Why Release on Consoles?

While there was plenty of huge news at E3 last week, one of the most interesting announcements was surely Bethesda’s decision to bring The Elder Scrolls Online to PlayStation 4 and Xbox One. After the announcement, we sat down with Bethesda VP of PR and marketing Pete Hines to ask how he expects the MMO to transition from PC and why he thinks it will appeal to console gamers.

“There was a time a long time ago when everybody told us that Morrowind was never going to work on the Xbox, that that audience did not get those kinds of games, that they were too complicated and too big. Then Morrowind sold like gangbusters,” Hines told IGN. “Then they told us that you can’t release a game in May, it will never sell. We released a game you’re not supposed to do on a console in a month when you’re not supposed to release it, and it killed. Then we did Oblivion, and it did really well on two platforms. Skyrim, obviously, tore it up. I’m not allowed to give the number, but there are just insane numbers of people that have played Skyrim on the current generation of those platforms.”

You’re not doing keyboard and mouse on a PS4, but otherwise the game experience should look and feel and play exactly the same.

“Obviously nobody’s played it on PS4, but there are tons of people out there who know Skyrim, who know the Elder Scrolls games and know what that’s like,” Hines continued. “The thing that we like is that when people are coming to play Elder Scrolls Online, they say, ‘I just felt like I was playing an Elder Scrolls game. The MMO part didn’t hit me in the face. The controls are the same and it feels and looks similar. I’m just going out and exploring and finding stuff to do.’”

“We think that if we make a game that hits all those same kinds of notes – if you like this about Skyrim, Elder Scrolls Online does all these things, and then there’s the chance to play with your friends and giant PvP battles and all this other stuff that we can do – that is going to find an audience on those platforms like it did with Skyrim. I can’t give an exact number, again, but I do think that there is a large number of people who really like Skyrim. They want more of that. If they can do more of that and play with their friends, that’s a win.”

Given Skyrim’s troubled history on PlayStation 3, we asked Hines if the decision to make The Elder Scrolls Online’s beta available first on PS4 was an olive branch to PlayStation gamers.

If we had to make changes to the game that these guys are envisioning to get it out on consoles, that’s not something we would be doing.

“It wasn’t intended that way,” Hines told us. “It was more just that when we were talking to the Sony guys, they were super excited about what we’re doing and what we can do together. They wanted to be big part of this. There’s been a big culture change at Sony. The folks that are there now, that we work with, are not the folks that we were working with a year or two ago. Guys like Adam Boyes and the team that he’s put together on the third-party side – which is who we interact with – I think are being super proactive at reaching out to us. They’re saying, ‘we love your games. I played Skyrim for 200 hours. I want to do more with you guys. What do you have going on?’ Honestly, Adam was like, ‘when can I come out and see everything that you’re making? I want to see everything you’re doing.’ Nobody had ever asked us that before. So just that dynamic is a little different.”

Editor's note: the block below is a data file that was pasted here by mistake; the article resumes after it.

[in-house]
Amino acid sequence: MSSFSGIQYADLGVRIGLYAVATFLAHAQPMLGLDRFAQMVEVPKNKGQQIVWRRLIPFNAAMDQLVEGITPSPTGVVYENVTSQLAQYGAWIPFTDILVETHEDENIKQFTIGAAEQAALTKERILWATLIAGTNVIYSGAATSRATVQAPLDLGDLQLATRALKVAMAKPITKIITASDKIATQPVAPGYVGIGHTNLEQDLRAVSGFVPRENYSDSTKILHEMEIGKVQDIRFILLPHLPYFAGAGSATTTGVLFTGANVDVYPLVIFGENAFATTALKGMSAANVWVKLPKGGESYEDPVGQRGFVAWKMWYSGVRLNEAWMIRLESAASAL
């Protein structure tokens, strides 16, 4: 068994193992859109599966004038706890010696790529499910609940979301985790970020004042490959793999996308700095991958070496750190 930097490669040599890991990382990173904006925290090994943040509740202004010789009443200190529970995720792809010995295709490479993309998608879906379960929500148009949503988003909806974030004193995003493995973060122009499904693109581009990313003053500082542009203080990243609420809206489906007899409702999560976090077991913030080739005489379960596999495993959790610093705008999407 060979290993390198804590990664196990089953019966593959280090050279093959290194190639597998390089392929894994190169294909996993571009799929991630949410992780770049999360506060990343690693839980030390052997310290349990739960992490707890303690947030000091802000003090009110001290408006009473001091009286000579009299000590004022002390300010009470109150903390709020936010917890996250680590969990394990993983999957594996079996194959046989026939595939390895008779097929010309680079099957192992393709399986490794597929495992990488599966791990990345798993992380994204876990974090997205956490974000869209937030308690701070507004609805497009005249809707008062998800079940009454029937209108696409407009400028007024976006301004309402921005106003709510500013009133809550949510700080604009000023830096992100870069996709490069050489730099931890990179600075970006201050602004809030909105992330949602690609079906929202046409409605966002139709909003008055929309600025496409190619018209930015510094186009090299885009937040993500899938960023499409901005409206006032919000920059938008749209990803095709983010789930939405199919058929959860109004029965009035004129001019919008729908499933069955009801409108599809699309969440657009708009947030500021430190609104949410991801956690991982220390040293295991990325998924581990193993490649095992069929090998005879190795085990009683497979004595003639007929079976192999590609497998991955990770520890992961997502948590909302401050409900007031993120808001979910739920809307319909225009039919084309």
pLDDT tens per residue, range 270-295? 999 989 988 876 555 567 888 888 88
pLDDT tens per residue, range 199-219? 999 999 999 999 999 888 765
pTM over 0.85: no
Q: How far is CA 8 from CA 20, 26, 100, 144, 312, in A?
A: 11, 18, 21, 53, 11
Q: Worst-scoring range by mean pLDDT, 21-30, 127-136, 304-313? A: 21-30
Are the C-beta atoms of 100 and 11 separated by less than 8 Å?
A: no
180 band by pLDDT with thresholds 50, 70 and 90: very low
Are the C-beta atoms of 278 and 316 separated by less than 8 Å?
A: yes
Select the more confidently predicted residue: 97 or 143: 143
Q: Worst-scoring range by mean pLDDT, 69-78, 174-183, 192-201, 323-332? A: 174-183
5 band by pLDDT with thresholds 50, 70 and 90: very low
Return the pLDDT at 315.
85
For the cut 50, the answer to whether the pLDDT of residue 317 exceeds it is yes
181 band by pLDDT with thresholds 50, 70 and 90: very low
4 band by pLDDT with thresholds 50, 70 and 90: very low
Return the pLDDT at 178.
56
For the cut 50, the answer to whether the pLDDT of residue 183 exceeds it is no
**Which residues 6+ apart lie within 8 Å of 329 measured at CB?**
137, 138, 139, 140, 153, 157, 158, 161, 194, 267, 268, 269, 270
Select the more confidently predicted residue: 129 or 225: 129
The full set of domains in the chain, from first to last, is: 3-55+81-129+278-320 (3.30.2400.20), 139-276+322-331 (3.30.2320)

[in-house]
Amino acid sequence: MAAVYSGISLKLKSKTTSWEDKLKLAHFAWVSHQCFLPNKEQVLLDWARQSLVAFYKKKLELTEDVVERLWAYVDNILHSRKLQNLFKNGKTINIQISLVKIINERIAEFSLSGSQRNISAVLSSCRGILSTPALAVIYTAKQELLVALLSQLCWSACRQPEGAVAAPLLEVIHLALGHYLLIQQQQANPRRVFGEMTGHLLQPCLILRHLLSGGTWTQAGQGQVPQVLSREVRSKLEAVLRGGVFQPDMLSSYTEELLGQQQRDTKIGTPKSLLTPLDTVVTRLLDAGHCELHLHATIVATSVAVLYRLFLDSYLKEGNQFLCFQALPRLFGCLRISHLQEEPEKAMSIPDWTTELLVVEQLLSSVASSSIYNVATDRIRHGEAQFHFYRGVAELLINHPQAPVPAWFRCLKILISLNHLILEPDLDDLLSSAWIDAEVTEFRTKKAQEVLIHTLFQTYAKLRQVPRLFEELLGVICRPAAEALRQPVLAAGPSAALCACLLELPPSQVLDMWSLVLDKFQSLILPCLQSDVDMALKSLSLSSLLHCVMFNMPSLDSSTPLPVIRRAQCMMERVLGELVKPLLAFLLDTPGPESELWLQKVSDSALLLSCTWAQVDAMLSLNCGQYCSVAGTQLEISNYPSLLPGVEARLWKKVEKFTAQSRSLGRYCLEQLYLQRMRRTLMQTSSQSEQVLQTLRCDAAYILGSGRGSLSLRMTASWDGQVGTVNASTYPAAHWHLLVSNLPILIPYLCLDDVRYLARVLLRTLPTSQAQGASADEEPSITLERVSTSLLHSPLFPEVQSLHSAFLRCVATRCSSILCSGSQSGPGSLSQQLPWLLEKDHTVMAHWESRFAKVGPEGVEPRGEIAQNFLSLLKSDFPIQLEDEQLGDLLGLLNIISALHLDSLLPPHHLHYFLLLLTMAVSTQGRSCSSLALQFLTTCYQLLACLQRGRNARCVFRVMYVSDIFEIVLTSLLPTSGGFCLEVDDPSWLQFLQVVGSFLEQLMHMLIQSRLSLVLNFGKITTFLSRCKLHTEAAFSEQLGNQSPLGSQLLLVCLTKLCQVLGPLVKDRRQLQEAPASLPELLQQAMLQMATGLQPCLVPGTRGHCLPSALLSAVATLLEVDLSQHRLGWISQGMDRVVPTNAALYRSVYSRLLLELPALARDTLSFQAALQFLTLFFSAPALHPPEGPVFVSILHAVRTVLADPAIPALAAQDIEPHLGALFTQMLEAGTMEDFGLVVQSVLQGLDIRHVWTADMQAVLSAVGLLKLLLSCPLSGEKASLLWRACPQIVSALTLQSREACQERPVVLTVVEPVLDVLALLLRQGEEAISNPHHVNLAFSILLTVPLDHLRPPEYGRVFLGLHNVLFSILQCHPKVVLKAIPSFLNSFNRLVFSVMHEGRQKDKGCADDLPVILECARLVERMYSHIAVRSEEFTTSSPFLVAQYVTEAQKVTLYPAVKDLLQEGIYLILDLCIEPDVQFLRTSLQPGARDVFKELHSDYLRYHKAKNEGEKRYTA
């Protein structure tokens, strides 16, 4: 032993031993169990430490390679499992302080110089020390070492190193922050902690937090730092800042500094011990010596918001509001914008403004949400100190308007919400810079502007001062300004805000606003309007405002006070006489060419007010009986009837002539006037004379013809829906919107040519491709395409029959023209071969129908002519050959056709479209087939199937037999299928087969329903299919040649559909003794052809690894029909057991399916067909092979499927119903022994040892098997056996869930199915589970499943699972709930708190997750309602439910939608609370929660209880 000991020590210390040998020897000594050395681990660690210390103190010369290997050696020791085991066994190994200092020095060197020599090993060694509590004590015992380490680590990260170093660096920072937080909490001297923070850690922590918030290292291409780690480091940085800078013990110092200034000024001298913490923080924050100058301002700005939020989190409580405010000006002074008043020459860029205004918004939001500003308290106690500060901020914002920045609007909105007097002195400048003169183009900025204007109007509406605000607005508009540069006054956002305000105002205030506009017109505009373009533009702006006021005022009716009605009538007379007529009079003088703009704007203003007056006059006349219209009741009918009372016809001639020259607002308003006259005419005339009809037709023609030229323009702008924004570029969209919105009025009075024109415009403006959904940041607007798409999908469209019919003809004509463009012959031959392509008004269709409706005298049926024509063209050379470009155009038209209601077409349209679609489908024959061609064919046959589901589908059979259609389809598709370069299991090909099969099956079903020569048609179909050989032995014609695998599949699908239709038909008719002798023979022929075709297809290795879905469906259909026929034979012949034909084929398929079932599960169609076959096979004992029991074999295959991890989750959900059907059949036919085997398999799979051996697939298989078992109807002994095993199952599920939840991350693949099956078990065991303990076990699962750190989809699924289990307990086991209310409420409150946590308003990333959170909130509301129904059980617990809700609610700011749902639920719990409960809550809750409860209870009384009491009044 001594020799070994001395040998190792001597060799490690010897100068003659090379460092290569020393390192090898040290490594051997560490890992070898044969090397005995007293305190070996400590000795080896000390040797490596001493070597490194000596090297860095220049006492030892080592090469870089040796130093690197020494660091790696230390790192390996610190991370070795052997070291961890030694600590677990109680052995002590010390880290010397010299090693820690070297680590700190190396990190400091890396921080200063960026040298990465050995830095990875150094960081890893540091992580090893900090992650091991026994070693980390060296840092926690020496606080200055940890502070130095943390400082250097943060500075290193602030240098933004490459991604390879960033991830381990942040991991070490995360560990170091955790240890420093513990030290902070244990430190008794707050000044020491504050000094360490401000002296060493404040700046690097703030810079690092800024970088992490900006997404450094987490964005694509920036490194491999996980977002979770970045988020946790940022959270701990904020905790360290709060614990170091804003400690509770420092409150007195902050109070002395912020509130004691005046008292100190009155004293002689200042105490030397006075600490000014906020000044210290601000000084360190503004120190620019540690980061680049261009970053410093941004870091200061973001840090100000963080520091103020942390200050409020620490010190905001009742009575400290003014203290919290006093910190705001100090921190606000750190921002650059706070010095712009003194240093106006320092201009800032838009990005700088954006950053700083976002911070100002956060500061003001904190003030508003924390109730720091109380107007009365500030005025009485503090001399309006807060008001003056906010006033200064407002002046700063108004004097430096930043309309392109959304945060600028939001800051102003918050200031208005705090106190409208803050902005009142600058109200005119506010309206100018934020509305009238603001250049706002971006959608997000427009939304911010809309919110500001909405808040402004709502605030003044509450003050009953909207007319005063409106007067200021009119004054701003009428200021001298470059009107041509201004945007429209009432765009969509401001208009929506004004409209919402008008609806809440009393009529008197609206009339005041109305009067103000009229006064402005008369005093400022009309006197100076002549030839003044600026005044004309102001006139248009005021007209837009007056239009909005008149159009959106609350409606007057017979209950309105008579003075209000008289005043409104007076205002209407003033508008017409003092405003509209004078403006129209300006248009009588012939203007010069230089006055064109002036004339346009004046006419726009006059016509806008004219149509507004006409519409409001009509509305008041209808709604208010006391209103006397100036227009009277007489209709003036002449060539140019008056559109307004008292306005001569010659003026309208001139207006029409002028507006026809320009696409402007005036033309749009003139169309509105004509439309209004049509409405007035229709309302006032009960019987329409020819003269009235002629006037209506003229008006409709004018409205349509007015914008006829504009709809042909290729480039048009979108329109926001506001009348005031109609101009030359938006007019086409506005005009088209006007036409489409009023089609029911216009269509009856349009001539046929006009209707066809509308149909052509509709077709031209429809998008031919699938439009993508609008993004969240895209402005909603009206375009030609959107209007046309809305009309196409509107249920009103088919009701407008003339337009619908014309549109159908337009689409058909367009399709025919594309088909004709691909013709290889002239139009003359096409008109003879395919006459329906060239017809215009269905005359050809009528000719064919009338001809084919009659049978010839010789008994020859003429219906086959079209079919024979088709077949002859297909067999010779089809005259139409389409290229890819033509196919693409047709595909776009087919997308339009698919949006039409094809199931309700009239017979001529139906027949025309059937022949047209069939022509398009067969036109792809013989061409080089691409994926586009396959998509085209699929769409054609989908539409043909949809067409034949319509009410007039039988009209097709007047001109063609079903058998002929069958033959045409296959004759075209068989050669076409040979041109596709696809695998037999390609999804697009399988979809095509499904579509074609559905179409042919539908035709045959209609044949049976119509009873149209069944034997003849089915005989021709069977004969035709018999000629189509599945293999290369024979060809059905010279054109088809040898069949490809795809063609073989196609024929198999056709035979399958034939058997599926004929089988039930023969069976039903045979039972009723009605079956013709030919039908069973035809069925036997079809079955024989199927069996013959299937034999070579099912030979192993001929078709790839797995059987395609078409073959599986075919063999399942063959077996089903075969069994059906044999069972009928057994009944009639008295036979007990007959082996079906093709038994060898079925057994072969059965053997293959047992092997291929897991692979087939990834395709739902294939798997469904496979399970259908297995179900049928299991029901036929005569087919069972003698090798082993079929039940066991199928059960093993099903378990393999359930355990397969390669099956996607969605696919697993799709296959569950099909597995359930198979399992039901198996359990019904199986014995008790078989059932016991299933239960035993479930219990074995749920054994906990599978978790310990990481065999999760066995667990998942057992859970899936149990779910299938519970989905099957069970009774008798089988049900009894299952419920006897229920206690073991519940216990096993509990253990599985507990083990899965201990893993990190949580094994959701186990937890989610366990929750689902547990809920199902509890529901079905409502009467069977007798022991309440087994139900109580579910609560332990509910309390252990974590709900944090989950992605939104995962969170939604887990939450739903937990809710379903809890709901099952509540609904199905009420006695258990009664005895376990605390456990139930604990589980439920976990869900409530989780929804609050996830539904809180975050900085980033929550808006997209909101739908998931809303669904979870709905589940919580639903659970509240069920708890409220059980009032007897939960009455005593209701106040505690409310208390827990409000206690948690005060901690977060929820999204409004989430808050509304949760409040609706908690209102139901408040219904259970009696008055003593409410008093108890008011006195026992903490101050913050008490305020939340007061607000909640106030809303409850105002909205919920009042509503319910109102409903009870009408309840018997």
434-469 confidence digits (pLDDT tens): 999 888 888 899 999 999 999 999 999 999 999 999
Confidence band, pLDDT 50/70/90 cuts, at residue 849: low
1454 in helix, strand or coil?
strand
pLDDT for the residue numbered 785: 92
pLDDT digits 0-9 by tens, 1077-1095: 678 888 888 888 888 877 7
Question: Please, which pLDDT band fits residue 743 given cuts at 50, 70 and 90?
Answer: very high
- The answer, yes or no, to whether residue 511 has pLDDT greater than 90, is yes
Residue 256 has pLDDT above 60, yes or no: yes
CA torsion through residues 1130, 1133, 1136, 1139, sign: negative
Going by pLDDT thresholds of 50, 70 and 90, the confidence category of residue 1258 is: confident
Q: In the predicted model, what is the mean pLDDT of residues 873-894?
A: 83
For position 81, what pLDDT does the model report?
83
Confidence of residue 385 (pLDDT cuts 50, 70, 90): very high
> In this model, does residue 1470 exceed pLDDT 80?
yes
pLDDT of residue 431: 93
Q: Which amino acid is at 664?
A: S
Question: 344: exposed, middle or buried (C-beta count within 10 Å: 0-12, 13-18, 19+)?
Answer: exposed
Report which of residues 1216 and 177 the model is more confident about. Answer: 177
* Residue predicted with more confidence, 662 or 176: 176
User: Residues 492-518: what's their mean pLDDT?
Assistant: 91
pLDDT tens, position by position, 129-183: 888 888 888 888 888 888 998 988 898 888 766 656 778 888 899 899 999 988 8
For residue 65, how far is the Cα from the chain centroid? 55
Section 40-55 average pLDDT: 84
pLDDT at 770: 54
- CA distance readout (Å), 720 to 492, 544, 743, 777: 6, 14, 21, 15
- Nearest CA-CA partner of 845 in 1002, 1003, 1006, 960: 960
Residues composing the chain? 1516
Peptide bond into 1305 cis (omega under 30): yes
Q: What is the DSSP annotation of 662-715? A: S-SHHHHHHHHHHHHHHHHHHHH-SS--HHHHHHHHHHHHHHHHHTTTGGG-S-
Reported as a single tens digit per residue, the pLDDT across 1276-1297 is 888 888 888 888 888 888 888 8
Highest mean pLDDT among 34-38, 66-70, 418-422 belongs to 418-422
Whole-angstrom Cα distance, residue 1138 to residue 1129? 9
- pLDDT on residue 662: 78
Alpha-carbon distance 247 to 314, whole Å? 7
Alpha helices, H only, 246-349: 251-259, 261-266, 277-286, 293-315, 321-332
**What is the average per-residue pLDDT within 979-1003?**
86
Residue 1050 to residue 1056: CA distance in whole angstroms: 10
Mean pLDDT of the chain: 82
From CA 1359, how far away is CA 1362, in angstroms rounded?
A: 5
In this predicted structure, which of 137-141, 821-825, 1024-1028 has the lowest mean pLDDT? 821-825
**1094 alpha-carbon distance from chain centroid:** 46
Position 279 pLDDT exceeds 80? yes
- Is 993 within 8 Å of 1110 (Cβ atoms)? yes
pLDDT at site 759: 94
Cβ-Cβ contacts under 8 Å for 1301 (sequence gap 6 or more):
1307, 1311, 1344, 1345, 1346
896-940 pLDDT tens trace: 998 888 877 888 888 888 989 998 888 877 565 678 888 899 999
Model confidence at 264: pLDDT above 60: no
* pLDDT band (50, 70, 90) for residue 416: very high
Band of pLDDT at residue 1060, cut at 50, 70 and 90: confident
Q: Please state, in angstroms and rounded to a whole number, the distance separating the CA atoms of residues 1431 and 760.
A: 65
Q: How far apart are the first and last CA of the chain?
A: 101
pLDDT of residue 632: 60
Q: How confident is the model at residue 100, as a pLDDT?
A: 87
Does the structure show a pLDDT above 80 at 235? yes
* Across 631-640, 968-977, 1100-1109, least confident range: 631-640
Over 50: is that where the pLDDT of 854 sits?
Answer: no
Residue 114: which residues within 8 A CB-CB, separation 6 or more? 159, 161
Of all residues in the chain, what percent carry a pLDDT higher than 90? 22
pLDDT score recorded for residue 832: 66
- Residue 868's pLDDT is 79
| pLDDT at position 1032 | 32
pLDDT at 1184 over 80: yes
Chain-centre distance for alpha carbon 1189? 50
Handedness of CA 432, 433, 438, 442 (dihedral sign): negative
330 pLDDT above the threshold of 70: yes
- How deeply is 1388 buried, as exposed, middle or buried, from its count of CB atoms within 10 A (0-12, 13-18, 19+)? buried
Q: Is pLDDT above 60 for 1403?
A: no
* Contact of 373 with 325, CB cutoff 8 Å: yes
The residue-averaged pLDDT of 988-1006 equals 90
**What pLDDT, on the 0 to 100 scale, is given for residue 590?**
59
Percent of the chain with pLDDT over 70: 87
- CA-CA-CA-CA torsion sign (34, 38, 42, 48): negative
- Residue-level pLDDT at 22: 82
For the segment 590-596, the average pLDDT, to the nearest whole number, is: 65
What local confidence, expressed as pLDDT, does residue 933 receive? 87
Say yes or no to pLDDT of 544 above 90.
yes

“It’s obviously a very different game,” Hines continued. “It isn’t any easier to do on a console, it’s just different. The issue is with an open world game, you can pick up every single object in a game and take cheese wheels and throw them down a hill. We have to keep track of all that. It’s very different compared to an MMO, where you have freedom, but it’s not that same insane level of freedom, where every single object in the world is modeled and physicked and movable. If you did that in an MMO, literally two seconds after you launch, it’s just insanity. Everybody starts knocking everything over, all over the world. So it’s scaled back from that standpoint, to allow the freedom of, ‘oh, there’s lots of people in the world that I can play with,’ and all that stuff.”

Hines also addressed whether or not the game will retain a full feature set on consoles. Has anything been cut compared to PC?

“If we had to make changes to the game that these guys are envisioning to get it out on consoles, that’s not something we would be doing,” Hines said. “But we feel like, as it is, right now, obviously the controls have to work differently because you’re not doing keyboard and mouse on a PS4, but otherwise the game experience should look and feel and play exactly the same. So why not put it out on those things? If we could do it on 360, we would probably be having that conversation, but it’s different. It’s not exactly the same. The ones that support it as envisioned are the ones that we’re putting it out for.”

Look out for much more from our conversation with Hines in the days to come. Until then, read our hands-on impressions of the PC version and find more in our The Elder Scrolls Online wiki.

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